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Natural Gas Still Seen as Most In-Demand Fossil Fuel in 2040, Says IEA

The global demand for natural gas by 2040 is forecast to grow by more than half, the fastest rate among all fossil fuels, with an increasingly flexible trade in liquefied natural gas (LNG) offering protection against the risk of supply disruptions, the International Energy Agency (IEA) said in its latest annual forecast, World Energy Outlook (WEO) 2014.

The main regions pushing global gas demand higher are seen as China and the Middle East, "but gas also becomes the leading fuel" for developed nations' energy mix by 2030, countries that are members of the Organization for Economic Cooperation and Development, or OECD.

For the past few years, IEA has said the world was entering the golden age of gas and was gaining the biggest market share of all the fossil fuels, in light of the booming North American renaissance, and in part because of a global call to reduce carbon dioxide (CO2) emissions (see Daily GPINov. 12, 2013). That view is held by many prominent energy economists, including those working for ExxonMobil Corp., BP plc, Royal Dutch Shell plc and Eni SpA (see Daily GPI, Oct. 8June 16Dec. 12, 2013).

The boost in OECD gas use would be "helped by new regulations in the United States limiting power sector emissions," WEO stated. "In contrast to oil, gas production increases almost everywhere (Europe is the main exception) and unconventional gas accounts for almost 60% of global supply growth."

The key uncertainty -- only outside North America -- is whether gas can be made available at prices that are attractive to consumers while still offering incentives for the necessary large capital-intensive investments in gas supply, said WEO economists.

Concerns about the security of future gas supply "are allayed in part by a growing cast of international gas suppliers, a near-tripling of global liquefaction sites and a rising share of LNG that can be re-directed in response to the short-term

needs of increasingly interconnected regional markets."

The IEA, headquartered in Paris, represents 29 countries including the United States and Canada, whose primary mandate is to promote energy security through a collective response to physical disruptions in oil supplies, and to provide research on ways to ensure reliable energy sources for its member countries and beyond.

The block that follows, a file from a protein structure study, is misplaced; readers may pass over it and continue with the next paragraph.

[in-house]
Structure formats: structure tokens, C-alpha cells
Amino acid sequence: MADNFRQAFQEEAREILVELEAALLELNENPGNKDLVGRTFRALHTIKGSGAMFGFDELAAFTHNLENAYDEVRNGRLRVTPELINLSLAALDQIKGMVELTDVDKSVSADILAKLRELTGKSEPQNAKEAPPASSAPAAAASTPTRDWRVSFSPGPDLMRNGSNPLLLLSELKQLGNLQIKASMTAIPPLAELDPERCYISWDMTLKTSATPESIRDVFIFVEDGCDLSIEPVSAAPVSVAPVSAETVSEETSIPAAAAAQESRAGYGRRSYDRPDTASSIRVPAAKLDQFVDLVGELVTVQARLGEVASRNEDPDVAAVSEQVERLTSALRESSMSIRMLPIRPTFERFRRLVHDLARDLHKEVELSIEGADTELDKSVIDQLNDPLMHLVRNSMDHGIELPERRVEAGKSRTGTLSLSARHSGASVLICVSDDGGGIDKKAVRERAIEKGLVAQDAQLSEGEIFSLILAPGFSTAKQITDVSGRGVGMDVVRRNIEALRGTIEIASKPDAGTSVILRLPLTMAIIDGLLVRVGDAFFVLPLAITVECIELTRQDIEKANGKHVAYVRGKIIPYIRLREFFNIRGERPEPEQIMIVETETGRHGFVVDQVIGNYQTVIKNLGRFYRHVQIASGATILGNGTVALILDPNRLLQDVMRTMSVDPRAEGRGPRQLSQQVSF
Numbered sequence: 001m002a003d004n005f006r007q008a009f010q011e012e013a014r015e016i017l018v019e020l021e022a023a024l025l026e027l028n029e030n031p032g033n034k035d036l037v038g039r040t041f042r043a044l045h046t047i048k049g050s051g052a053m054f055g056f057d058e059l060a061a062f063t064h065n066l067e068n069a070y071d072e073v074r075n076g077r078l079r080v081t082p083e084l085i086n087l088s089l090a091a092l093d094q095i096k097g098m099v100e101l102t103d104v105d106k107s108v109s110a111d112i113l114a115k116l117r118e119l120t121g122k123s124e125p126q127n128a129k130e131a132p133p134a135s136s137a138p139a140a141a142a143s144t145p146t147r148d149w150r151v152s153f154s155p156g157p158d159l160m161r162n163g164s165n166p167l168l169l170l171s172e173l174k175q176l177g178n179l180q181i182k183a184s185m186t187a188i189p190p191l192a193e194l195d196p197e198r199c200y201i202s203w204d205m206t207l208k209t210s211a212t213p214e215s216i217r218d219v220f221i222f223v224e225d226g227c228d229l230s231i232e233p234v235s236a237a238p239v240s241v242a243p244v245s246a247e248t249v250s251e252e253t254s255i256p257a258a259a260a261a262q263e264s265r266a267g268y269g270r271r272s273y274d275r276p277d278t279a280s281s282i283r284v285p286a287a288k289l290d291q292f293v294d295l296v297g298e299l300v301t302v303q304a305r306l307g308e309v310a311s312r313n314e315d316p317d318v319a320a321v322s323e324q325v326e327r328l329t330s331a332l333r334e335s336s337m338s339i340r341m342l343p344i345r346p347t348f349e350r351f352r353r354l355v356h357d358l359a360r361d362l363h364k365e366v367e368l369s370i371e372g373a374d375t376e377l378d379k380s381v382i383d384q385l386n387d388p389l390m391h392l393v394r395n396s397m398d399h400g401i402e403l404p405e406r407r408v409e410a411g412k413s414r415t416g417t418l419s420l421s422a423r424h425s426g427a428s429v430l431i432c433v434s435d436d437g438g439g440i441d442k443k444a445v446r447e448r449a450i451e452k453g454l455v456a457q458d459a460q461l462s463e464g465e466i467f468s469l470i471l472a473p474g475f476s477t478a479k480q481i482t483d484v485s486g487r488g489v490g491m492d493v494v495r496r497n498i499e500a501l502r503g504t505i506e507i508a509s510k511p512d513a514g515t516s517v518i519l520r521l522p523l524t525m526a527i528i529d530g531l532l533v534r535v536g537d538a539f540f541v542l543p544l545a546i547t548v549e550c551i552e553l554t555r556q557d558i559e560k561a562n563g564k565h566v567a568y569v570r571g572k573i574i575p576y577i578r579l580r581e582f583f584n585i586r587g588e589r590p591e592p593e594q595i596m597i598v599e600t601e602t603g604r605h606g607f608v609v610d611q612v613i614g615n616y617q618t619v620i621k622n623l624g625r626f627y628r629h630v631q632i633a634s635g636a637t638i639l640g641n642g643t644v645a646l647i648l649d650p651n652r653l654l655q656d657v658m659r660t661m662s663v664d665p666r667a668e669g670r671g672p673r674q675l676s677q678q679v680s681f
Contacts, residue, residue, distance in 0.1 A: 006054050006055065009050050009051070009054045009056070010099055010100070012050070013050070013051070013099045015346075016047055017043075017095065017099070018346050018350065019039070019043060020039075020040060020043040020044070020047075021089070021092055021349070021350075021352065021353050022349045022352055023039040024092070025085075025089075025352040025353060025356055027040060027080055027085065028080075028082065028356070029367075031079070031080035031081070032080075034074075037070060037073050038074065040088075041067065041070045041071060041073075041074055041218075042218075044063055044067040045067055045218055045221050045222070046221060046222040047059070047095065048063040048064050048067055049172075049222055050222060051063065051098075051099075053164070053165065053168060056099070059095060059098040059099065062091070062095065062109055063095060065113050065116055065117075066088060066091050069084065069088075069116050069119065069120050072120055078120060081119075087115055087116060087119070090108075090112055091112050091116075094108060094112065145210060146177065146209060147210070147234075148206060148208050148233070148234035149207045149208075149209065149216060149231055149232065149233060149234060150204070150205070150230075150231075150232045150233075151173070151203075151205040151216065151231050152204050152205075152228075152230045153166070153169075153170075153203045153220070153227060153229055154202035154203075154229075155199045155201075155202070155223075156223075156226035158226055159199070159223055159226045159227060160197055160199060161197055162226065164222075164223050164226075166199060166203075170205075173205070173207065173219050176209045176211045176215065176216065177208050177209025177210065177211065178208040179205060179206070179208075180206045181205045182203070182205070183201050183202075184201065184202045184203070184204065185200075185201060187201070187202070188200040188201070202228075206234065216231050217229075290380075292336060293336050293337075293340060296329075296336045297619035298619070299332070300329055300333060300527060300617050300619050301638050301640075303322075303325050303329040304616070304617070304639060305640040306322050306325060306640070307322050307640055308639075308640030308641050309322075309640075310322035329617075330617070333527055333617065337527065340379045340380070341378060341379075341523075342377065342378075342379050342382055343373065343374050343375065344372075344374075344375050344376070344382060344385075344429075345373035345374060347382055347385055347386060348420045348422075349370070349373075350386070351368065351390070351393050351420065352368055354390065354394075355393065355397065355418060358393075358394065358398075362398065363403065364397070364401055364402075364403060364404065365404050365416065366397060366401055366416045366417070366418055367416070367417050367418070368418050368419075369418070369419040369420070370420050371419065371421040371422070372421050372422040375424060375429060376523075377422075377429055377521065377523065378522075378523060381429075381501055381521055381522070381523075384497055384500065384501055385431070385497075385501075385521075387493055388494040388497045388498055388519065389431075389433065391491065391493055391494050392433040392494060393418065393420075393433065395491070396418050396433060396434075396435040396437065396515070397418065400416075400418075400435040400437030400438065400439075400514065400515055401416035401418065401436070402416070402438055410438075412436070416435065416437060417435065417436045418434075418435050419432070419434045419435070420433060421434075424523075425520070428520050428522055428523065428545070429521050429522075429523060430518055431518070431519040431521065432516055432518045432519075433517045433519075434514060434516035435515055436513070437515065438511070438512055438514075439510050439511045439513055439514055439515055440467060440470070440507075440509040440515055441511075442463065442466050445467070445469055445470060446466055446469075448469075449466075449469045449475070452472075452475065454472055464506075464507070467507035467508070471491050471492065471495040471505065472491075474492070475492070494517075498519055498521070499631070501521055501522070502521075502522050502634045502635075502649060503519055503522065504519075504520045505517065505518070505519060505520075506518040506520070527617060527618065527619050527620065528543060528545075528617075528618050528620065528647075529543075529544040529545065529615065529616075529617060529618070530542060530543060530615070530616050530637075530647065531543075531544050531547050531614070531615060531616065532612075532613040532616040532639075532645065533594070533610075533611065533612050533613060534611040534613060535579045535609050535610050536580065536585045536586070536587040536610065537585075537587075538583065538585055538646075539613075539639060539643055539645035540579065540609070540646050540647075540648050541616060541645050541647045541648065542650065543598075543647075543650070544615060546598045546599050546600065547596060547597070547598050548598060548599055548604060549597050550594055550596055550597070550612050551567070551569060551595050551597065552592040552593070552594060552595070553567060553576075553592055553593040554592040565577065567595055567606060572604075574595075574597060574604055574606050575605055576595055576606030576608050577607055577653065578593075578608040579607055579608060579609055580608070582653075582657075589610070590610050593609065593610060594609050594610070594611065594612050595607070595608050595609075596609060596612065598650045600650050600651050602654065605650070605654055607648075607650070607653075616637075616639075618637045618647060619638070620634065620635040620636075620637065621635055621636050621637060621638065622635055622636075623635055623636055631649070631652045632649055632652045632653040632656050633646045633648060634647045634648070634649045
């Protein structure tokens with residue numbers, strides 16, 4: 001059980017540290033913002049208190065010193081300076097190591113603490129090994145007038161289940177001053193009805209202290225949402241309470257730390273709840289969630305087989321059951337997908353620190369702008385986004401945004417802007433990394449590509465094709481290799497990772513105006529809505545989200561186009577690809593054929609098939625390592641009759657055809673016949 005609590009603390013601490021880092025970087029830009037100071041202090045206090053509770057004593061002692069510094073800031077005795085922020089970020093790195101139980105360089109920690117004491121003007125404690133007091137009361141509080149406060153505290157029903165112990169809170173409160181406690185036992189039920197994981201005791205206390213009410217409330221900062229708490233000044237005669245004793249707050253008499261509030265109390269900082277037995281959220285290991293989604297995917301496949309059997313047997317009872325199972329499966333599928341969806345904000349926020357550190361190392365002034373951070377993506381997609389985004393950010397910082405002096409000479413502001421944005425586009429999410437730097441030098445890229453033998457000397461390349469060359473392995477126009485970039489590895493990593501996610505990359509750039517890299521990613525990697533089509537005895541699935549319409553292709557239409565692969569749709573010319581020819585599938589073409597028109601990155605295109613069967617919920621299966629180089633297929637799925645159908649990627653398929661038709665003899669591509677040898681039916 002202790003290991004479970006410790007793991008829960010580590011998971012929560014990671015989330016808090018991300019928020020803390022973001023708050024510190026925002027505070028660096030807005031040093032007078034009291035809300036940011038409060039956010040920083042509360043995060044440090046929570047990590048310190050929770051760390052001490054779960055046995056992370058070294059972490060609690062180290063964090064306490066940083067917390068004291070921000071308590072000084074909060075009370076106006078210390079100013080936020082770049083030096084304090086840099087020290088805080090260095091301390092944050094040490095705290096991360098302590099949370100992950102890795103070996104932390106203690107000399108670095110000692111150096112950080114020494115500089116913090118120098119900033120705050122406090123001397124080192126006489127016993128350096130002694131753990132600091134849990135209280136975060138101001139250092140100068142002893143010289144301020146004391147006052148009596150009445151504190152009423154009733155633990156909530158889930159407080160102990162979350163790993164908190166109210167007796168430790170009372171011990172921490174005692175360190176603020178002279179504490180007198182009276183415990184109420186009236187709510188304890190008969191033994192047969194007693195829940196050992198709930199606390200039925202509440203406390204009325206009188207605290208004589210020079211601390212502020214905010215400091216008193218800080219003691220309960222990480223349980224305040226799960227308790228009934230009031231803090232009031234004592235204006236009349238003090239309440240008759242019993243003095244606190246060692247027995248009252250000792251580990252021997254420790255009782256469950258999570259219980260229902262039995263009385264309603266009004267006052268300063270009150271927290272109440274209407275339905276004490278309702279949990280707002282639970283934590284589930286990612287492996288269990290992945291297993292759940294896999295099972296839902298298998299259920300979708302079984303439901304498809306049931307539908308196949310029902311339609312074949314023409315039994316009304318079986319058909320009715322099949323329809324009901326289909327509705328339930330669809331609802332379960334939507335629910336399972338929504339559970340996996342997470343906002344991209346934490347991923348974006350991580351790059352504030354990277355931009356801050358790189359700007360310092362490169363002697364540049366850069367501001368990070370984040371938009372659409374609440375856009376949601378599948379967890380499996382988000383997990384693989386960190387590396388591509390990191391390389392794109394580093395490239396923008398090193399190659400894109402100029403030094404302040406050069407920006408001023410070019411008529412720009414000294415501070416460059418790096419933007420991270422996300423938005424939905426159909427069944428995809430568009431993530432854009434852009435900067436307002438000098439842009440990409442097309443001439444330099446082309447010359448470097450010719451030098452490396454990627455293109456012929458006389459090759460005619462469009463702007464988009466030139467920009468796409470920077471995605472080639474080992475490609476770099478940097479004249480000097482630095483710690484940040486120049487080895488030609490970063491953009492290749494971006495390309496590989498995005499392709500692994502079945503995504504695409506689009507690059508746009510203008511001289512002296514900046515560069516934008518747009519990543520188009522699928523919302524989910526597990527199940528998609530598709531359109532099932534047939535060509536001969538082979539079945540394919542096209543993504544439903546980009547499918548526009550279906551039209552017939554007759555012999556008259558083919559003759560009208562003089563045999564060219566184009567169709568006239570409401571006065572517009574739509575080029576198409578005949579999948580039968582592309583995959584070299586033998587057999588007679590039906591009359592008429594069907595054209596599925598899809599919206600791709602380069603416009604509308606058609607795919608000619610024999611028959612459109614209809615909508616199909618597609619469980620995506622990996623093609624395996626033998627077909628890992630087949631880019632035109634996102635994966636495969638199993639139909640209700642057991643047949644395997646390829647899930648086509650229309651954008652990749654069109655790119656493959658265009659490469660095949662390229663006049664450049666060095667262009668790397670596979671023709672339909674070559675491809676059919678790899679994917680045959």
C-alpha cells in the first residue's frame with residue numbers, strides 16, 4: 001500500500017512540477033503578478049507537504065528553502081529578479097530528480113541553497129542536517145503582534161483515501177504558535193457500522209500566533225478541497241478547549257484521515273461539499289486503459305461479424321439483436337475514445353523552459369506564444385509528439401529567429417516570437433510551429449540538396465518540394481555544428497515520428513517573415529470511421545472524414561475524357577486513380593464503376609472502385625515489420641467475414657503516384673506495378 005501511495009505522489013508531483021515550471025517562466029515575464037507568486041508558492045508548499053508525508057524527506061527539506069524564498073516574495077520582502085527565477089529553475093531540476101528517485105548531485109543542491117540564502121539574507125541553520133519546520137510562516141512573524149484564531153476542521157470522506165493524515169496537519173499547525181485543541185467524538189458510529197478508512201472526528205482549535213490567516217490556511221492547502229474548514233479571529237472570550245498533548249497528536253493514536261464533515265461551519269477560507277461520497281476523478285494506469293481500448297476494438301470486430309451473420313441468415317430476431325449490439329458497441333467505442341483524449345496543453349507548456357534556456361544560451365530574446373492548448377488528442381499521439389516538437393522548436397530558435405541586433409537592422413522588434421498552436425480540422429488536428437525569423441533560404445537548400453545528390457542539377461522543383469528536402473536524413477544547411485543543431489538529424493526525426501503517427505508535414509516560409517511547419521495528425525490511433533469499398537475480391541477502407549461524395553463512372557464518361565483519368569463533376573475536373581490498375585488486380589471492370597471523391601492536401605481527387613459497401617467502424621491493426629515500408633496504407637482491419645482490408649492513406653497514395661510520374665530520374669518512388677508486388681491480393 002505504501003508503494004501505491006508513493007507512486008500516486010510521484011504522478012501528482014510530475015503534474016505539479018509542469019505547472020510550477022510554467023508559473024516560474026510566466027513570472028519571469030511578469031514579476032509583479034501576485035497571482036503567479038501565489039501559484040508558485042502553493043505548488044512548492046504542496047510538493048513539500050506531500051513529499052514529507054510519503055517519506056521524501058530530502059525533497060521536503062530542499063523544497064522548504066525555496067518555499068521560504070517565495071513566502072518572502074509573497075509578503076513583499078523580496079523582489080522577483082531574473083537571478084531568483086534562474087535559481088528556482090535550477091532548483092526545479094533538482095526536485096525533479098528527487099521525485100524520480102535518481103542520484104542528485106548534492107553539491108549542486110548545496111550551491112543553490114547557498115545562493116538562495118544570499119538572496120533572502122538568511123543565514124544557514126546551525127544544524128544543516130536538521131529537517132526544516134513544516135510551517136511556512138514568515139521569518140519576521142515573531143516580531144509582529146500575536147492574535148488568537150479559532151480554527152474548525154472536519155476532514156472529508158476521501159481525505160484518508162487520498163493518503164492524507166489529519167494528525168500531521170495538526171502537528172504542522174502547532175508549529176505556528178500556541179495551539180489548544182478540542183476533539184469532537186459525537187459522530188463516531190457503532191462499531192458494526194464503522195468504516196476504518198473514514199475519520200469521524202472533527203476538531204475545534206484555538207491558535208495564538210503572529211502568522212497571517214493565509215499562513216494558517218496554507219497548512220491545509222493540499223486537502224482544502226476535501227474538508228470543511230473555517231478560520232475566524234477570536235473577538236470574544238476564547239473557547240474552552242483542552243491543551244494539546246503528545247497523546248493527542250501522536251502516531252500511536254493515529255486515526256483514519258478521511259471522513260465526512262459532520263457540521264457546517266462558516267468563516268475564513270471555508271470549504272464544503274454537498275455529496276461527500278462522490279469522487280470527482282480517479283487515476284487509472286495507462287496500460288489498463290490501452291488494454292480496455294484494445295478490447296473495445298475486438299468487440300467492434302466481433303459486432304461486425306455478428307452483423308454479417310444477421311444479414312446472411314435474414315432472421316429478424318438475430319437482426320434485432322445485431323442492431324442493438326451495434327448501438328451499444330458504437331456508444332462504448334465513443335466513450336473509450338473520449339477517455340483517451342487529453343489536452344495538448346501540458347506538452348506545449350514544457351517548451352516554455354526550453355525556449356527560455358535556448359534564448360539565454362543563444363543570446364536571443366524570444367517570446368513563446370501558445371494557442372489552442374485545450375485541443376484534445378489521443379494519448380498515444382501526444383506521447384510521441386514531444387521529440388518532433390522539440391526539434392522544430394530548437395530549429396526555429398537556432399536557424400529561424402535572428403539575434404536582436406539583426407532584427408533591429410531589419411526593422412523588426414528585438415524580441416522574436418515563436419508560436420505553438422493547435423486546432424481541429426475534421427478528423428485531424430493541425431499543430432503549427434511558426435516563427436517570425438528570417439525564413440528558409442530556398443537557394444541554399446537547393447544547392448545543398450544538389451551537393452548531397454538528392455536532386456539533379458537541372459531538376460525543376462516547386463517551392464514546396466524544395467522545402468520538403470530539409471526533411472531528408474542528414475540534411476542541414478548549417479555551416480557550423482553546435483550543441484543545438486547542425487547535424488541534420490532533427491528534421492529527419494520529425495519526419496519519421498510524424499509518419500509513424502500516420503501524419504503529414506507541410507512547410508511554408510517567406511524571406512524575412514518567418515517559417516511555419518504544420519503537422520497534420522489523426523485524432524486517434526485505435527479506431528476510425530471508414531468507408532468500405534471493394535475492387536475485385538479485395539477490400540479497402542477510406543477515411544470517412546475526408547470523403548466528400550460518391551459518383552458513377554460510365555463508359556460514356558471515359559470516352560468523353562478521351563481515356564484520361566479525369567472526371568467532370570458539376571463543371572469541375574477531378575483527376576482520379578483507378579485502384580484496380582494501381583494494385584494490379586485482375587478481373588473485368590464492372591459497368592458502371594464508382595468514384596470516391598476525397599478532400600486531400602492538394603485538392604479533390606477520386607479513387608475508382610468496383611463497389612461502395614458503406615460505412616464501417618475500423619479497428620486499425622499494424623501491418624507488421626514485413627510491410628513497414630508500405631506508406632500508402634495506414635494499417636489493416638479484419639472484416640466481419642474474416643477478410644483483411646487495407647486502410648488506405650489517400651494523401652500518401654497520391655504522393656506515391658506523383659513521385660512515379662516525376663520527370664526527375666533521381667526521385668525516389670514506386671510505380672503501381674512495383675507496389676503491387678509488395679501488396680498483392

By 2040, the world's energy supply mix is seen divided into four almost-equal parts: oil, natural gas, coal and low-carbon sources.

"Resources are not a constraint over this period, but each of these four pillars faces a distinct set of challenges," the WEO noted. "Policy choices and market developments that bring the share of fossil fuels in primary energy demand down to just under three-quarters in 2040 are not enough to stem the rise in energy-related CO2 emissions, which grow by one-fifth."

The growth in CO2 would put the world on a dangerous path, with a long-term global average temperature increase of 3.6  degrees C, the WEO warned. IEO soon plans to issue a special report on global CO2 levels and climate change.

IEA's economists also warned that the "short-term picture of a well-supplied oil market should not disguise the challenges that lie ahead as reliance grows on a relatively small number of producers.

"Regional oil demand trends are quite distinct: for each barrel of oil no longer used in OECD countries, two barrels more are used in the non-OECD. Increased oil use for transport and petrochemicals drives demand higher, from 90 million b/d in 2013 to 104 million b/d in 2040, although high prices and new policy measures gradually constrain the pace of overall consumption growth, bringing it towards a plateau."

The WEO said an investment of about $900 billion a year in upstream oil and gas development is needed by the 2030s to meet projected demand, but uncertainties exist over whether it could be forthcoming in time, "especially once United States tight oil output levels off in the early 2020s and its total production eventually starts to fall back."

In part, economists pointed to the difficulty of replicating the "tight oil experience at scale" outside North America, unresolved questions over the outlook for growth in Canadian oilsands output, deepwater complexities and the sanctions that restrict Russian access to technologies and capital markets.

"Above all," said economists, there are political and security challenges. "The situation in the Middle East is a major concern given steadily increasing reliance on this region for oil production growth, especially for Asian countries that are set to import two out of every three barrels of crude traded internationally by 2040."

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